It’s a super new meteor shower – the Camelopardalids. If you have trouble with the pronunciation, just say “giraffe.”
Yes, the giraffe meteors may light up the sky early Saturday when Earth – for the first time – crosses a debris trail left by Comet LINEAR in the 1800s. Then again, they may not.
Early predictions said the encounter could produce a meteor storm of up to 1,000 shooting stars an hour, according to earthsky.org. Recent estimates say 200 an hour is more likely. Pessimists say it could be a bust.
It all depends on how much dust the comet dropped in the 1800s, astronomers say, because that’s what created the debris trail. If the weather is clear, you can find out for yourself. Best viewing is predicted to be between 2 and 4 a.m. Eastern Daylight Time on May 24, but lesser numbers of meteors should also be visible before and after those hours.
No one really knows, because Earth has never crossed this trail before. LINEAR was discovered in 2004 by the Lincoln Near-Earth Asteroid Research project, hence the name. NASA says the comet circles the sun about every five years, but the stars have never aligned for the planet to pass through the dust and debris left behind.
Meteors, if there are any, will appear to come from the faint constellation Camelopardalis, which is near the North Star. Earthsky.org says the name comes from the early Romans, who described a creature with the long legs and neck of a camel, and the spots of a leopard. Cross your fingers for clear skies – and watch for falling giraffes.
Tonight's forecast for the Norwalk, Ohio area calls for mostly clear skies, with a low around 50.
Earth is a great location for viewing meteor showers throughout the year. Indeed, you won’t find another planet that’s better. As always, a dark-sky location is best.
For your late-night/early-morning enjoyment, here's a viewing guide (with help from earthsky.org) to meteor showers for the rest of 2014.
Delta Aquarids: We’ll start with the Delta Aquarids because they’re up next – late July and early August – but they’re best seen from the Southern Hemisphere or the tropics. Diehard meteor watchers can look toward a star named Delta in the constellation Aquarius. The Delta Aquarids usually max out at 15 to 20 meteors an hour, and most are pretty faint.
There is no real peak outburst for this shower. If you want to take your chances, try looking around the dates of July 28-30.
Perseids: Lots of people watch the Perseids. One reason for that is warm weather. Another is the long-lasting trails these meteors can leave behind.
Look for a maximum of 50 to 100 meteors an hour in the early morning before dawn on Aug. 10 to 13. They’re named for their radiant point in the constellation Perseus the Hero, but they can appear in any part of the sky.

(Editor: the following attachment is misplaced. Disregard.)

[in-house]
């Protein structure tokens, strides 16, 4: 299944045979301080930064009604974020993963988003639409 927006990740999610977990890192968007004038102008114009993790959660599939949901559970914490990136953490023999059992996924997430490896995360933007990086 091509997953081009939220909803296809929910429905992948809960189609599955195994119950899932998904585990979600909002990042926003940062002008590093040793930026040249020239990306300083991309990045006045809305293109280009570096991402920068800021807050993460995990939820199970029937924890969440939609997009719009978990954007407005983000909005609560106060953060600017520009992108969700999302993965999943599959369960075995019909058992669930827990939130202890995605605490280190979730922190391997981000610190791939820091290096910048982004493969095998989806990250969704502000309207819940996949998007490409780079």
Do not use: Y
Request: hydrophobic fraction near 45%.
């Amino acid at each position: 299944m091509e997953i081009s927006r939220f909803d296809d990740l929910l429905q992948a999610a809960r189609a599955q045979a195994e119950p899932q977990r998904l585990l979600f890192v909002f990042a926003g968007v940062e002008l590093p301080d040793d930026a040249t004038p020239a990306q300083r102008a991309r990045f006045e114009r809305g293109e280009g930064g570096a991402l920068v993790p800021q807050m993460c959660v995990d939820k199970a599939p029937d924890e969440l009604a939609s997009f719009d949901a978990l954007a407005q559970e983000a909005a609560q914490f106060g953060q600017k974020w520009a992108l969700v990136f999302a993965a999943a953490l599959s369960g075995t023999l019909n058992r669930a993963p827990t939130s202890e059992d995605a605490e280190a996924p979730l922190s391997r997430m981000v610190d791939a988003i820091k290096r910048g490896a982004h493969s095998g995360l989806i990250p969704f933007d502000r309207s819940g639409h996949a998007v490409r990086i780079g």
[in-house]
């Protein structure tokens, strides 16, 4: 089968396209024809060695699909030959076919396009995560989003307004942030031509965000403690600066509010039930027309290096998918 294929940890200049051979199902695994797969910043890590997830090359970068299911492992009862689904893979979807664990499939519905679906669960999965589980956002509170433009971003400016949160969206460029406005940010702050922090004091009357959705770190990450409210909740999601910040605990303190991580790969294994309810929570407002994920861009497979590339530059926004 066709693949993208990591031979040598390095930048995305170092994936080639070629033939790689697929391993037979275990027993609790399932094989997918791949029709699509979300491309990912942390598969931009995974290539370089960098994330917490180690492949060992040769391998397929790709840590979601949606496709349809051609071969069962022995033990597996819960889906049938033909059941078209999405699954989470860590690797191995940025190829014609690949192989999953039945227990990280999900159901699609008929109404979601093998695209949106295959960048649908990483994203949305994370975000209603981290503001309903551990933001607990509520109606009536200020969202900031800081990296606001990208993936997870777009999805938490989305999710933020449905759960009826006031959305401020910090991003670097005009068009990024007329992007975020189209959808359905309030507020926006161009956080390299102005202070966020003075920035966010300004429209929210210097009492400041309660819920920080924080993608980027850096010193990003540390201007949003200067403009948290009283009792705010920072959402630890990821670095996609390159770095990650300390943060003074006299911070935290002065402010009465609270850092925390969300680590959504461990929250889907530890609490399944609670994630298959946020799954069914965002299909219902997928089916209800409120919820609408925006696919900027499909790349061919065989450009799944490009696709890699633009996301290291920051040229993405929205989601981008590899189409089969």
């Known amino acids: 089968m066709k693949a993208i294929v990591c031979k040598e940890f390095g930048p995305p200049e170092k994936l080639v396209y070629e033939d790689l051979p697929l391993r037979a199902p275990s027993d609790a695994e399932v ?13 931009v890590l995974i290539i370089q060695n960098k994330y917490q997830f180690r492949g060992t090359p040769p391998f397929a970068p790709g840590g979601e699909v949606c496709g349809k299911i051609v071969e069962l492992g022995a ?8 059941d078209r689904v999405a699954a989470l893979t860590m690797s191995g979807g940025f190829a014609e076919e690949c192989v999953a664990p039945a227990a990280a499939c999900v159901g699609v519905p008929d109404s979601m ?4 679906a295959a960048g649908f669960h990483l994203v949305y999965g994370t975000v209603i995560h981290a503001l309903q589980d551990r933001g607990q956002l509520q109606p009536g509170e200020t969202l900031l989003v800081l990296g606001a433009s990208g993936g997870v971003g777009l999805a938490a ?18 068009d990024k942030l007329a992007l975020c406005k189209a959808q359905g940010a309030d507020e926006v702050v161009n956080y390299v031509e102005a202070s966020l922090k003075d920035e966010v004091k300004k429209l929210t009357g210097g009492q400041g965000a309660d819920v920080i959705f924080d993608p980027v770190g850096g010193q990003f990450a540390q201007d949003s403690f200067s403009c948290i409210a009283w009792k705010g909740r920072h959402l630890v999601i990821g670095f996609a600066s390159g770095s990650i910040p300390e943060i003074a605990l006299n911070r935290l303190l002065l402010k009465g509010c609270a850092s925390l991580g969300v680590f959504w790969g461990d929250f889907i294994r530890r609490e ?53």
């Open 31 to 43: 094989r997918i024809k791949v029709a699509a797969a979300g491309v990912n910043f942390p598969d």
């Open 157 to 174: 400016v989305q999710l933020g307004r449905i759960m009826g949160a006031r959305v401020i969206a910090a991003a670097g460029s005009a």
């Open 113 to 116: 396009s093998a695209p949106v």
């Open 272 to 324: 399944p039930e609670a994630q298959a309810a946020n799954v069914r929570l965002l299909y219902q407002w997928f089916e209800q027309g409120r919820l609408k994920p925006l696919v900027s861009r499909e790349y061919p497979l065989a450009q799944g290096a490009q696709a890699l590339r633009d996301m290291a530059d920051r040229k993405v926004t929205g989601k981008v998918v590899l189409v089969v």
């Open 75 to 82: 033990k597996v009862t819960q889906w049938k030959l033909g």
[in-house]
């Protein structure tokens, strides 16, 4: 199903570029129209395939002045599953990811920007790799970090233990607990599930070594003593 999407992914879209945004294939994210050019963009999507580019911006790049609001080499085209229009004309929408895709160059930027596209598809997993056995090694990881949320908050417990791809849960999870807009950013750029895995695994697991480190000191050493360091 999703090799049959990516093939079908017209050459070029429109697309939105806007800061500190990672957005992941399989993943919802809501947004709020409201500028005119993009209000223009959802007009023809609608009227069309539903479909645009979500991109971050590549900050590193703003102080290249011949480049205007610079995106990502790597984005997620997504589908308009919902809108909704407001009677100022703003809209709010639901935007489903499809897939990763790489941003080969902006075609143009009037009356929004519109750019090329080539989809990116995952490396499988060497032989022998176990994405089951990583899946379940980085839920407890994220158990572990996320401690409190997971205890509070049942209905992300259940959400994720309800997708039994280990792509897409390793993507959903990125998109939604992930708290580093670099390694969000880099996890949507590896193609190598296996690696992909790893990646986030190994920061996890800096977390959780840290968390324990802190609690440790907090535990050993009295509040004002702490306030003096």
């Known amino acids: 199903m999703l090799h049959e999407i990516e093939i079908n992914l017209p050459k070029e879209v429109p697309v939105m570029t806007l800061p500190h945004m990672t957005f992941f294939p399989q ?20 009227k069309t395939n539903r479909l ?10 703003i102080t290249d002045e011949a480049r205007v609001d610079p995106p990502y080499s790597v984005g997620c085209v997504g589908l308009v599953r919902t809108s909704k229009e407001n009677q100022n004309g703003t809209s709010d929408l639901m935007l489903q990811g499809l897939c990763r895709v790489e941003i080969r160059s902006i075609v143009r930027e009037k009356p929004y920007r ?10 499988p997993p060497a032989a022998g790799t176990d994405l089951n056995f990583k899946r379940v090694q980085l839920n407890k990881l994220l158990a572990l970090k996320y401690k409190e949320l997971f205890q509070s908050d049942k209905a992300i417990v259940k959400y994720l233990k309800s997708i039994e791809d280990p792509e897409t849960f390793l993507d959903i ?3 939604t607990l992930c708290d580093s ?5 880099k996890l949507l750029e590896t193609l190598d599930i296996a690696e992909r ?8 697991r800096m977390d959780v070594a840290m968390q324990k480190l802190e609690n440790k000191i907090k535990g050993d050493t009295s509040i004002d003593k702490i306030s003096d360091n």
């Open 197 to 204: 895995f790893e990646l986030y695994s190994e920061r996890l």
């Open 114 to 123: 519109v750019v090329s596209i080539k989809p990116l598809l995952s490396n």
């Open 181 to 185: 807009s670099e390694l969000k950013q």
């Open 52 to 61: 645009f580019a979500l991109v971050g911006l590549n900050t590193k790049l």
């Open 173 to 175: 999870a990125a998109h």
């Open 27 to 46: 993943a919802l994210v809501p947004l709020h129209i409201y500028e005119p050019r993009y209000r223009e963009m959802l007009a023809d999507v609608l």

Draconids: For those who have trouble waking up in the wee hours, the Draconids are your meteor shower.
They’re best viewed from sunset to midnight, radiating from Draco the Dragon. But to offset the convenient hour, this meteor shower can be disappointing, with only a few per hour.
Astronomers are fond of saying, though, “Watch out if the Dragon awakes!” In some years, the Draconids produce hundreds of meteors an hour. If you want to try your luck, Oct. 7 and 8 are your viewing dates. Unfortunately, the moon will be full, making faint meteors harder to see.
Orionids: The Orionids sometimes produce bright fireballs among the average of 10 to 20 meteors per hour. They will appear to radiate from the club of the hunter Orion. Viewing is predicted to be best between midnight and dawn on Oct. 21.
Taurids: The Taurids are always a gamble, but sometimes there’s a big payoff. This shower only provides a few meteors per hour, but those are sometimes fireballs. Peak viewing of the South Taurids is expected to be in the early morning of Nov. 5, and the North Taurids around midnight on Nov. 11-12. But these meteors, that appear to come from Taurus the Bull, can pop up anytime between late September and Dec. 2. A bright moon will interfere with viewing on this year’s peak nights.
Leonids: The Leonids produced some spectacular meteor storms in the early 2000s, but they’ve tapered off. This year is expected to be average, with 10 to 15 meteors per hour in dark-sky locations. Radiating from the constellation Leo the Lion, the shower is predicted to be best between midnight and dawn on Nov. 17 and 18.
Geminids: The year’s last meteor shower is also one of the most convenient. The Geminids can be viewed from about 9 p.m. until dawn, with the peak expected on Dec. 12-14. They’ll fall at a rate of 50 to 100 per hour at the peak. In the past, the shower has produced some bright meteors.
This shower radiates from the constellation Gemini the Twins.
By Diane Tennant - The Virginian-Pilot (MCT)
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